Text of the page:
|Date of ruling||20 September 2019|
|Case name (short version)||FVE Holýšov I s. r. o. and Others v European Commission|
|Key words||State aid — Market for electricity generated from renewable sources — Measures setting a minimum purchase price for electricity generated from renewable energy sources or granting a bonus to producers of that electricity — Amendment of the initial measures — Decision declaring the aid scheme compatible with the internal market at the end of the preliminary examination stage — Article 107, paragraph 3(c) TFEU — Beneficiaries of the aid and shareholders of the beneficiaries — Legitimate expectations — State resources — Commission’s competence to examine the compatibility of the measures with other provisions of EU law than State aid|
|Basic context||By its application, FVE Holýšov I s. r. o. and the other applicants seek the annulment of part of the Commission’s Decision C(2016) 7827 final on State aid SA.40171 (2015/NN) concerning the promotion of electricity production from SER, a summary of which was published in the Official Journal of the European Union (OJ 2017 C 69, p. 2) by which the Commission declared the aid scheme notified as being compatible with the internal market on the basis of Article 107(3)(c) (‘the contested decision’).|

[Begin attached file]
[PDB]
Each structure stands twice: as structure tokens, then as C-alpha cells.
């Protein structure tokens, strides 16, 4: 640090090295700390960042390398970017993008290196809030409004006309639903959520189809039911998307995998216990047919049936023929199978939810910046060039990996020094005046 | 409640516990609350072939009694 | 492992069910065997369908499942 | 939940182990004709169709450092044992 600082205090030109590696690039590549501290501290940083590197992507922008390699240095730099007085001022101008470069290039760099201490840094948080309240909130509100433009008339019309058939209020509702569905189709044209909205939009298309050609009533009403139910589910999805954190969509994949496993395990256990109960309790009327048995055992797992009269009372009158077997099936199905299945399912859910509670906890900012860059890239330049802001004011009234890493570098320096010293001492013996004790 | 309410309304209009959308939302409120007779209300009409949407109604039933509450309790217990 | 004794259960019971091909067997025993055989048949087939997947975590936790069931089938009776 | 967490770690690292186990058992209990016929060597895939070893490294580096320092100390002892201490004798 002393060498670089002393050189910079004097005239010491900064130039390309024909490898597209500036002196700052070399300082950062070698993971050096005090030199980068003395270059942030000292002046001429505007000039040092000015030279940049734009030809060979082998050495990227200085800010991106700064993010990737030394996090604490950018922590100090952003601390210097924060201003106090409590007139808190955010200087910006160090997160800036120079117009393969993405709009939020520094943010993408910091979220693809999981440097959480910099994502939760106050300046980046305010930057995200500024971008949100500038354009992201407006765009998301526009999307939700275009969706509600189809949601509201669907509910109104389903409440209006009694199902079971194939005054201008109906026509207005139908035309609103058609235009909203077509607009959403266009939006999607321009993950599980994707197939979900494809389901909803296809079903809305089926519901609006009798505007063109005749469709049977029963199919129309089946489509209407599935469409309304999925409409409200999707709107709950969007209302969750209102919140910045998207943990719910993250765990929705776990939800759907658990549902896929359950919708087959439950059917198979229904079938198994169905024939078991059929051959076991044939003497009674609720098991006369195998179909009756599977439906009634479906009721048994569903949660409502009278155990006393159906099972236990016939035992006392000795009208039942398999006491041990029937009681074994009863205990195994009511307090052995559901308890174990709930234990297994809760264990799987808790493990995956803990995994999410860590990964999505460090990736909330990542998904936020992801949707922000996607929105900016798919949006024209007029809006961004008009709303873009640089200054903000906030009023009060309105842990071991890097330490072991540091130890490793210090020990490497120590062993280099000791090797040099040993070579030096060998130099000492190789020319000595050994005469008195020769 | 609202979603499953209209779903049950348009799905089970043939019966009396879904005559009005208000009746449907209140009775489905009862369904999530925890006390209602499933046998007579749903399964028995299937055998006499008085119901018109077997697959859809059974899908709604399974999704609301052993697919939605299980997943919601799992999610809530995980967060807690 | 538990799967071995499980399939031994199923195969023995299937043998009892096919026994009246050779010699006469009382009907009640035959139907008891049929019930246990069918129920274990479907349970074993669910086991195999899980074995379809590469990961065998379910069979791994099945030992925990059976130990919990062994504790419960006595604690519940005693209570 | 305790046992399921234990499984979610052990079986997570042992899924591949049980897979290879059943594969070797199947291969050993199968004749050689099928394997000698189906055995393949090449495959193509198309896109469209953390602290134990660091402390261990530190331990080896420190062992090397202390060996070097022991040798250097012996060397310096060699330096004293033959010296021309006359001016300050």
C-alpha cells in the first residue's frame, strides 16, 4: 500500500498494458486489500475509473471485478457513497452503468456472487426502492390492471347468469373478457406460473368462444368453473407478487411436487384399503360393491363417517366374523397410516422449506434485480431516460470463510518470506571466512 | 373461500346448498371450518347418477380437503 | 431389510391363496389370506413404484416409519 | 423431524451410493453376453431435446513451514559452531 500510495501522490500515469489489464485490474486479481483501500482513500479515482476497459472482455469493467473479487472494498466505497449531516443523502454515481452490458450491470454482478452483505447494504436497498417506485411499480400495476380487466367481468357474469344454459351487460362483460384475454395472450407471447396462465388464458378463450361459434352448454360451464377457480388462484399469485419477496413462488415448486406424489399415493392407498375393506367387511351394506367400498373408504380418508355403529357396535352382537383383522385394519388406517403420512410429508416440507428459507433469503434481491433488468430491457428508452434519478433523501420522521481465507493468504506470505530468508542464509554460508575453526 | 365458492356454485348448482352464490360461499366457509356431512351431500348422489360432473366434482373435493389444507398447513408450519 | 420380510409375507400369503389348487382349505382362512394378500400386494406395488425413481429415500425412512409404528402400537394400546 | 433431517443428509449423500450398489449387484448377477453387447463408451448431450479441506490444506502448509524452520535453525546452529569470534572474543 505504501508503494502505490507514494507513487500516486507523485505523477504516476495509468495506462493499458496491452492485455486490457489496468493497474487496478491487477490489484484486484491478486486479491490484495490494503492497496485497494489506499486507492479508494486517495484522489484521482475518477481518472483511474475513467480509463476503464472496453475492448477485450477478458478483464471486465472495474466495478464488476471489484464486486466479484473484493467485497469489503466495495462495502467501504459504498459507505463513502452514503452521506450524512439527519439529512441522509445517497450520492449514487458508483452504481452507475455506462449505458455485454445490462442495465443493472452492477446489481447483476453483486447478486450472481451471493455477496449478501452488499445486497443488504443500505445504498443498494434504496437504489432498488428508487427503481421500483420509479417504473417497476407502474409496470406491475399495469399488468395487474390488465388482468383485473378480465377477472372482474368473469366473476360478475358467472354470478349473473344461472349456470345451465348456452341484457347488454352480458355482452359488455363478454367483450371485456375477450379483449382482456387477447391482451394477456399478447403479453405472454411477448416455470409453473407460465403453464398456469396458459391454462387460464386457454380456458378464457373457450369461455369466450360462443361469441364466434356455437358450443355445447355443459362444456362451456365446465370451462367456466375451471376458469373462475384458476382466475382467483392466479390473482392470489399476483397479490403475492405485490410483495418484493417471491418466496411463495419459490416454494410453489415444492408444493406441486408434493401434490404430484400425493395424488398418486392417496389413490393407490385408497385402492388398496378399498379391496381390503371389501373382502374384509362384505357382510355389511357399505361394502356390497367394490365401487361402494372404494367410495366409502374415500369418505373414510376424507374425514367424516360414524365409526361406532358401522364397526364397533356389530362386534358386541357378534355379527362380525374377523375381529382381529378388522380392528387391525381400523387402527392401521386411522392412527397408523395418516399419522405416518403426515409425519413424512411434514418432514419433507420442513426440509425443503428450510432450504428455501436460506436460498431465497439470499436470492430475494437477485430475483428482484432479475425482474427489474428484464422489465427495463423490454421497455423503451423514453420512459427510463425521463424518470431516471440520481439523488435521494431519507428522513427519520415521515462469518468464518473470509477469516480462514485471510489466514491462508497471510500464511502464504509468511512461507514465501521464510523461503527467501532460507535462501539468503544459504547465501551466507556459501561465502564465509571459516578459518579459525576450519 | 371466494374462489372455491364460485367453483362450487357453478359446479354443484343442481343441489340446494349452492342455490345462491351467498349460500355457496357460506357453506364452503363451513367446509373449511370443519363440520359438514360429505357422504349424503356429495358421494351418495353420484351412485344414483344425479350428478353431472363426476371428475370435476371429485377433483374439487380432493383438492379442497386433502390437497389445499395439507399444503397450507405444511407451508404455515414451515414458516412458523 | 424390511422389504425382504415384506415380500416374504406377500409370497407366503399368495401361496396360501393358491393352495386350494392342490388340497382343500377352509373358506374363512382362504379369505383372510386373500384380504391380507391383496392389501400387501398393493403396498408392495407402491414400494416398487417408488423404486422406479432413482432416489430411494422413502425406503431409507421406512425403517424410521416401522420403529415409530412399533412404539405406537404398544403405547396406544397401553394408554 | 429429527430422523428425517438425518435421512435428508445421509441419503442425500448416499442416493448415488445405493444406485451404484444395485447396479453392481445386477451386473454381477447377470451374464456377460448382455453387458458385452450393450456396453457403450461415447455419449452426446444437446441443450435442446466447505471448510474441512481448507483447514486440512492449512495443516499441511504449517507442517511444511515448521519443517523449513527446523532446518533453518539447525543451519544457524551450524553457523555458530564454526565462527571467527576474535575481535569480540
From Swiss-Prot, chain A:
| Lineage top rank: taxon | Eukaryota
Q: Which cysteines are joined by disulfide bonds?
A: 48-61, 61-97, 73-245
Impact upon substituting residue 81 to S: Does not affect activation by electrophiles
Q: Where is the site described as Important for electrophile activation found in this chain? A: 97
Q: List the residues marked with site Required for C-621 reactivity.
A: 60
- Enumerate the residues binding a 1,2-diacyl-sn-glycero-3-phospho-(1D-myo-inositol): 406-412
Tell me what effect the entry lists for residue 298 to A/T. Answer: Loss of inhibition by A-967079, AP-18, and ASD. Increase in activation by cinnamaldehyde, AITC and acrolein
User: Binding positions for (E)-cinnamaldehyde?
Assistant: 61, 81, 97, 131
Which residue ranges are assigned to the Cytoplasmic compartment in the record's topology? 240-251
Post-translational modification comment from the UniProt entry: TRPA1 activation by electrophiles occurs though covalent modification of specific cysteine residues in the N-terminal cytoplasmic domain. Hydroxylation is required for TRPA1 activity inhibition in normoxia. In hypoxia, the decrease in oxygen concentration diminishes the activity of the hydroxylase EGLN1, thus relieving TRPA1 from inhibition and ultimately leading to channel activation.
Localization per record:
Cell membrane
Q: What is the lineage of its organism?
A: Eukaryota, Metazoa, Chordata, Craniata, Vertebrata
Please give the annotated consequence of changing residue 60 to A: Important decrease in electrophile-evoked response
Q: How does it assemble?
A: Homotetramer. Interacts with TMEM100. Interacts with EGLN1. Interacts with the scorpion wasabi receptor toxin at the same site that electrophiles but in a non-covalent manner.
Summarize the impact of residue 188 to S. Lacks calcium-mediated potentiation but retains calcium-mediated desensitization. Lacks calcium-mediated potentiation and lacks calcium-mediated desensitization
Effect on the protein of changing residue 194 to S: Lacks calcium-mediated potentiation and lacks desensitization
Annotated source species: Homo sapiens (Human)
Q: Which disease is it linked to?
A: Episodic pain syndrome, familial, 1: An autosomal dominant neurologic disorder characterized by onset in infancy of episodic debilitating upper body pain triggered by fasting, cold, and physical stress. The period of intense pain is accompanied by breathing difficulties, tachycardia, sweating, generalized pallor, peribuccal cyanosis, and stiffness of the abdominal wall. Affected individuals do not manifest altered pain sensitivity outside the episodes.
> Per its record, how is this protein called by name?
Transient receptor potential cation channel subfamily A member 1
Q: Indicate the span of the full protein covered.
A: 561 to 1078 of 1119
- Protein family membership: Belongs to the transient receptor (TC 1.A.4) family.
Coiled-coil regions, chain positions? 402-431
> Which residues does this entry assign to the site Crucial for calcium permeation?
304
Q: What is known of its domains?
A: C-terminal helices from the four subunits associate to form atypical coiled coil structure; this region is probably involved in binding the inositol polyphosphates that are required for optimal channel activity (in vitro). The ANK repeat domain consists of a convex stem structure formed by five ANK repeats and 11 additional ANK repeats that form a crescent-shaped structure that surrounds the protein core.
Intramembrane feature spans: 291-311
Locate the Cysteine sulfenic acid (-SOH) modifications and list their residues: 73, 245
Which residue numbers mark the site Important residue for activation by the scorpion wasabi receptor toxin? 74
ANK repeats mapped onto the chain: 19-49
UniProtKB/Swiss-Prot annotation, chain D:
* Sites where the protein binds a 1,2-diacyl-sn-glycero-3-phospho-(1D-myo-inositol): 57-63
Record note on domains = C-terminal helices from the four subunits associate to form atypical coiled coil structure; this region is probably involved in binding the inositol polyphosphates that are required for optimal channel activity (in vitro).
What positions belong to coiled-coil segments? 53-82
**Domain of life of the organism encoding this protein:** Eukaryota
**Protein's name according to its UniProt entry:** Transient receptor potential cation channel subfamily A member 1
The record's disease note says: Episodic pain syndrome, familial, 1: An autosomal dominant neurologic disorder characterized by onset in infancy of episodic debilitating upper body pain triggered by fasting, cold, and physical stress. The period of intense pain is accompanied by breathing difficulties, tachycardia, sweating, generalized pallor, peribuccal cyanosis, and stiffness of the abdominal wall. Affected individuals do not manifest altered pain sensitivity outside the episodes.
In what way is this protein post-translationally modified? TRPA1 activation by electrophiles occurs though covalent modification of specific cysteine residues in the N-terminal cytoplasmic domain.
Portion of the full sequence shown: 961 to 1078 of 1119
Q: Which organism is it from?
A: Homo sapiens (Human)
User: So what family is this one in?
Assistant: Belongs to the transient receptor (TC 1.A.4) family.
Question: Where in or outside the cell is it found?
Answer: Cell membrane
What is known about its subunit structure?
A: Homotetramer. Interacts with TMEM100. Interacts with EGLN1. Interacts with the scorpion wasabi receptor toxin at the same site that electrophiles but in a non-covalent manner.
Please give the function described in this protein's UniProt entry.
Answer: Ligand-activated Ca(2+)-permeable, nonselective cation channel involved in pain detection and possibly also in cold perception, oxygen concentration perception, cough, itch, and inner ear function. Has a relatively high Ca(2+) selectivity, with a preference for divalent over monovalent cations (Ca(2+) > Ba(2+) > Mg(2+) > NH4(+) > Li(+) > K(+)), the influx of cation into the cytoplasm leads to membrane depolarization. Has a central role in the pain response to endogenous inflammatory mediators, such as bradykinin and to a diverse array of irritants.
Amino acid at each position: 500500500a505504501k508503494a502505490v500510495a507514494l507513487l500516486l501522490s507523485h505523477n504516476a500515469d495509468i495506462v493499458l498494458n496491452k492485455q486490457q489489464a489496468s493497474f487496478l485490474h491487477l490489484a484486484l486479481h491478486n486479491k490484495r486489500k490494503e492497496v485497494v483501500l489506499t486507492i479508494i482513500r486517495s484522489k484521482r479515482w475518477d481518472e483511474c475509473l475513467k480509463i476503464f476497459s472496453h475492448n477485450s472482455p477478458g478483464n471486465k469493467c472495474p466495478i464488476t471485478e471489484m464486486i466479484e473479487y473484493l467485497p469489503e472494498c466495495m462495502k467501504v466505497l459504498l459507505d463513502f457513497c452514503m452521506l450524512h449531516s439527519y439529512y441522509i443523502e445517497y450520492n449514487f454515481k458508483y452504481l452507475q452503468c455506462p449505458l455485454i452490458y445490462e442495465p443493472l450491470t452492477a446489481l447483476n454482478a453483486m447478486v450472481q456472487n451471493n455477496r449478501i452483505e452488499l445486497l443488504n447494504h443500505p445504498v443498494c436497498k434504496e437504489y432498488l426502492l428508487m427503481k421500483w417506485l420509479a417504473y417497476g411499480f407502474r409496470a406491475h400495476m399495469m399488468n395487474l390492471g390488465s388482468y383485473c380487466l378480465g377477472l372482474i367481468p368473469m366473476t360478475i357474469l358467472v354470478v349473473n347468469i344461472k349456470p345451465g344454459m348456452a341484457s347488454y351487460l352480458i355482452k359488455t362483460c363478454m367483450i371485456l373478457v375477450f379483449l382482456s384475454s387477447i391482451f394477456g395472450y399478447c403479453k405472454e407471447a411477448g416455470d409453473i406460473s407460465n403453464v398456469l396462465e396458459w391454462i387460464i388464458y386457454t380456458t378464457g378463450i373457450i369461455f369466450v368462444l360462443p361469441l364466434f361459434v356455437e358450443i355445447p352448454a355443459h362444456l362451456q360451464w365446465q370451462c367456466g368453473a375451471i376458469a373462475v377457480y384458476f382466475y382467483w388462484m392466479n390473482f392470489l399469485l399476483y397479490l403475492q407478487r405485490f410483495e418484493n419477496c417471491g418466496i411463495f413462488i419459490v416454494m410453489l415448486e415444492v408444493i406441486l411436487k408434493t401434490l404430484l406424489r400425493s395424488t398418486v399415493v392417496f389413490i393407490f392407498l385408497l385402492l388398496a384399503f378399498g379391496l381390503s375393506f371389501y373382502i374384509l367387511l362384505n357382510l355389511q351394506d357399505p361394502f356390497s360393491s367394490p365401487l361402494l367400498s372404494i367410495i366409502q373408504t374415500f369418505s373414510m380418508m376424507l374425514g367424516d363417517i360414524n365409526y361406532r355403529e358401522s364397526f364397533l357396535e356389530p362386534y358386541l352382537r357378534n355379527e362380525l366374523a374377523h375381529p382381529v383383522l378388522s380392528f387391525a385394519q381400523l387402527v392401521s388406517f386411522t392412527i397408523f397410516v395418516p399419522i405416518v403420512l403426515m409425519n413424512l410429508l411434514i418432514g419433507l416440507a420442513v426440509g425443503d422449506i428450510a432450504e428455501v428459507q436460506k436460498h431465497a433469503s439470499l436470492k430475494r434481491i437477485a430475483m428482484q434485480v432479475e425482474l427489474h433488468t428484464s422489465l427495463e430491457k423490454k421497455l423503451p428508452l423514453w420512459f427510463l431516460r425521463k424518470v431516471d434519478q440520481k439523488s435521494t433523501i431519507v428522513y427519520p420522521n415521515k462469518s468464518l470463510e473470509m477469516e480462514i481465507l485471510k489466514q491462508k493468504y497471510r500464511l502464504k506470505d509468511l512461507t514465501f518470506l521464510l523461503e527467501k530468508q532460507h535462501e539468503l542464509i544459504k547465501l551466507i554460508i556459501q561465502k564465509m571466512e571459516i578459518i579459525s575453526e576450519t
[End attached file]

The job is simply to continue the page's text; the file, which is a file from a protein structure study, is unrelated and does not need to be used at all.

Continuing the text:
|Points arising – admissibility||–|
|Points arising – substance||The first plea in law, alleging that the 2004 letter constitutes a final decision which is still in force
47 It is necessary to indicate, at the outset, that, according to settled case-law, it is in principle those measures which definitively determine the position of the Commission upon the conclusion of an administrative procedure, and which are intended to have legal effects capable of affecting the interests of the applicants, which constitute in principle decisions within the meaning of Article 288 TFEU, and not intermediate measures whose purpose is to prepare for the final decision, which do not have those effects (see, to that effect, judgment of 17 July 2008, Athinaïki Techniki v Commission, C‑521/06 P, EU:C:2008:422, paragraph 42 and the case-law cited).